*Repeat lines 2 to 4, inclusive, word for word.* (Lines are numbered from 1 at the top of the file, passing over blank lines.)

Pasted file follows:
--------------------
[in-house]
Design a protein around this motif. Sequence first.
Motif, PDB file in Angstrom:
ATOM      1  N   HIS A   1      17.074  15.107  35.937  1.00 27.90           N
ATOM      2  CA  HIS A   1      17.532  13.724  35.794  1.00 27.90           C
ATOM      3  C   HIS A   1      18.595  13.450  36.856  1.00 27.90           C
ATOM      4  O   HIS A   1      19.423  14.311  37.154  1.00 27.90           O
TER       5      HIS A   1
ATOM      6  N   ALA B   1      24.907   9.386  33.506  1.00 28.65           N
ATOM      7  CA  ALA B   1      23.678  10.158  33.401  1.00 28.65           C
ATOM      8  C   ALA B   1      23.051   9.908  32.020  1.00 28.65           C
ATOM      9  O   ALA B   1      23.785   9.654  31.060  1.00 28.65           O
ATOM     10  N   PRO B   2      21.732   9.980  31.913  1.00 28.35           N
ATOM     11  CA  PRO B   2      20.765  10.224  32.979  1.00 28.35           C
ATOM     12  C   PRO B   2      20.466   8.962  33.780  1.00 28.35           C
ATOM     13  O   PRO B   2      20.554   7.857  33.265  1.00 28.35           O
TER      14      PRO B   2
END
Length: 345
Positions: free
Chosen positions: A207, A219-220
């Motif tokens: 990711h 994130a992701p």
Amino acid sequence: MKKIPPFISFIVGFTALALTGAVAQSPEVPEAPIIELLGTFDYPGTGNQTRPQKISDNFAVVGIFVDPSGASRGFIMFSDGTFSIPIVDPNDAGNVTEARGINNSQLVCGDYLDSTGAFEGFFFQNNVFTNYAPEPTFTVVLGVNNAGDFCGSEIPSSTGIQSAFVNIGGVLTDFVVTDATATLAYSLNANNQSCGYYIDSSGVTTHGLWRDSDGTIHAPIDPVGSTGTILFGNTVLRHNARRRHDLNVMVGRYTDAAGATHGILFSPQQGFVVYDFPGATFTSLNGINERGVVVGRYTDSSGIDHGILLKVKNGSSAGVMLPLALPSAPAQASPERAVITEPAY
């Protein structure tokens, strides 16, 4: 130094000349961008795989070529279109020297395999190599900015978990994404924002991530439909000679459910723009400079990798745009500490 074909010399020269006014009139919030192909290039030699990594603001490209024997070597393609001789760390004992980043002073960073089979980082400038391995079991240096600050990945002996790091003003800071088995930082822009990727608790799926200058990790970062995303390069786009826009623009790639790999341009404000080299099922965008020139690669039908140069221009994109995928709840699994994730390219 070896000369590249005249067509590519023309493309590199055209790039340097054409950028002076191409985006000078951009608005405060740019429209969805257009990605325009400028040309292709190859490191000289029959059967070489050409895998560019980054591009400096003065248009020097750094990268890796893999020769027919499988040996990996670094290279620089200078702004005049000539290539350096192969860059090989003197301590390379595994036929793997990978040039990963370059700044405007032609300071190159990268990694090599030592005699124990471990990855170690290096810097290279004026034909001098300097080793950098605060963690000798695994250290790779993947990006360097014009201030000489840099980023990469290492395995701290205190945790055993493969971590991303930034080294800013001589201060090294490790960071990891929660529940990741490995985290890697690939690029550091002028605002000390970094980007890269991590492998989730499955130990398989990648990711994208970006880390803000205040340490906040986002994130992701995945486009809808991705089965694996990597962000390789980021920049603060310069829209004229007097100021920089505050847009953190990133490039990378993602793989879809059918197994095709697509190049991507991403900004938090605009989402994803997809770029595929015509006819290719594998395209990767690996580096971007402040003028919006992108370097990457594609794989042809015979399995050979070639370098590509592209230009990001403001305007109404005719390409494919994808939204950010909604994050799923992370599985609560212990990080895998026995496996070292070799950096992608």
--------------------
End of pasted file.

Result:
Design a protein around this motif. Sequence first.
Motif, PDB file in Angstrom:
ATOM      1  N   HIS A   1      17.074  15.107  35.937  1.00 27.90           N